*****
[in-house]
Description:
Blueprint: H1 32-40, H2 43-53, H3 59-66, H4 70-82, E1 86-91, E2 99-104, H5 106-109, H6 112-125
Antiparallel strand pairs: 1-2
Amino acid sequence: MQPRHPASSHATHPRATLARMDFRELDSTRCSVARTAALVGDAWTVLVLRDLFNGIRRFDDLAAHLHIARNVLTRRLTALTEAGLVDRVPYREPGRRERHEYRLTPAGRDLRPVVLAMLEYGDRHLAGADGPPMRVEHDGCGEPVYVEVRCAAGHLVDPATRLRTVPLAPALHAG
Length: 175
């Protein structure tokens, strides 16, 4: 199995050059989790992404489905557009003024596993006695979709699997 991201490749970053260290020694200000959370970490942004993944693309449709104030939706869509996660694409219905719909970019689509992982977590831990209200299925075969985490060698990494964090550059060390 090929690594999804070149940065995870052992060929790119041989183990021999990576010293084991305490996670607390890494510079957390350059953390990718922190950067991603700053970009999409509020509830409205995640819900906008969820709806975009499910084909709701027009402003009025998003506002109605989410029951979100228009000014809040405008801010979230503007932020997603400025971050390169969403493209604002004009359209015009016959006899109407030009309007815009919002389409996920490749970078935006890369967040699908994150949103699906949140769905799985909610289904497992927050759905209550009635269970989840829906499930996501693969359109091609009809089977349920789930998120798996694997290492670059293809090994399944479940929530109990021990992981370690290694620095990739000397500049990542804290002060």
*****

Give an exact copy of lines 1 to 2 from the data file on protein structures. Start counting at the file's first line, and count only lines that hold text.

[in-house]
Description: